What makes the American capitalist system, as opposed to the “capitalism” practiced in other countries, work so well? If your answer includes flexible prices or relatively low taxes, secure property rights or efficient capital markets, you would be woefully misguided. According to Thomas Friedman in the July 28 New York Times (“In Oversight We Trust”), what makes our system the “envy” of foreigners from Argentina to China is “the FAA, the FDA . . . the EPA,” and yes, “the IRS, the INS, and the FBI.”
Friedman writes, “[O]ur federal bureaucrats are to capitalism what the New York Police and Fire Departments were to 9/11-the unsung guardians of America’s civic religion . . . that says if you work hard and play by the rules, you’ll get rewarded and you won’t get ripped off.” The analogy suggests that capitalism without a huge regulatory apparatus would be a disaster of 9/11 proportions. He explains his strange, but probably not untypical view by arguing that “fear and greed are built into capitalism. . . . [W]hat distinguishes America is our system’s ability to consistently expose, punish, regulate and ultimately reform those excesses.”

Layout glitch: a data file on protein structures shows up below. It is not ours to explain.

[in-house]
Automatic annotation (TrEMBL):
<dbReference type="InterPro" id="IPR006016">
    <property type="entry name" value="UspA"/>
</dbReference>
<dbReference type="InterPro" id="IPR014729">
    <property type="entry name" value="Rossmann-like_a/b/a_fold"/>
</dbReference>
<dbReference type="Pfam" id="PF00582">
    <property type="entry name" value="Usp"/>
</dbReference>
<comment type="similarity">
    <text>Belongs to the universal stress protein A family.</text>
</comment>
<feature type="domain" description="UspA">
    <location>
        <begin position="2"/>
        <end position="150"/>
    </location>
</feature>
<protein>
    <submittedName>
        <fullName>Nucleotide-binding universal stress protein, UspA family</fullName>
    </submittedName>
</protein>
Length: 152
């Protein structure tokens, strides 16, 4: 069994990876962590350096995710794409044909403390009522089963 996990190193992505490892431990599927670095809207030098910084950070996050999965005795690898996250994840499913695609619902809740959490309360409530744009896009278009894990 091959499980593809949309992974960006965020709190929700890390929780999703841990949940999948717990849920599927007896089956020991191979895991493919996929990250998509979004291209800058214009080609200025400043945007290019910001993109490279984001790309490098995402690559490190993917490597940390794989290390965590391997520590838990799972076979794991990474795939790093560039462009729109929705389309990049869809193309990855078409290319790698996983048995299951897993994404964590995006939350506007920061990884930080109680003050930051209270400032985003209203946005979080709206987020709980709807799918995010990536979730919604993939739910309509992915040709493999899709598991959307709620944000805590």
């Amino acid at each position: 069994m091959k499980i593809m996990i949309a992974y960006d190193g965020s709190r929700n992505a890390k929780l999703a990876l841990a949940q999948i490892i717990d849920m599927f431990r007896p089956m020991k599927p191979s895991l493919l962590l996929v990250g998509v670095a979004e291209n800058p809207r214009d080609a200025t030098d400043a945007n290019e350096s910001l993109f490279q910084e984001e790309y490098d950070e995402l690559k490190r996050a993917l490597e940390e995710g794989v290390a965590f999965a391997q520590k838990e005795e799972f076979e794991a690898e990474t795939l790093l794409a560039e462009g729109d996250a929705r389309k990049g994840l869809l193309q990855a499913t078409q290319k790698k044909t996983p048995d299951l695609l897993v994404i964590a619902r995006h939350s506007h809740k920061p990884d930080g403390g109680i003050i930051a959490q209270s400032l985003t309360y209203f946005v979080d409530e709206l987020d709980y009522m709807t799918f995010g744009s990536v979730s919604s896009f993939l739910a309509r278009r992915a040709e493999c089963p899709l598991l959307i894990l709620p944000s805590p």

In one sense Friedman is right, the system does “expose, punish, regulate” and ultimately lead to reform. But he is confused when it comes to identifying the part of the system that gives rise to this process. It is not the bureaucracy, not the alphabet soup of regulatory agencies mentioned above, but the market itself that punishes bad behavior, rewards good behavior, and leads to change. The regulatory agencies he credits for the success of capitalism cannot improve on the market, but only make it worse.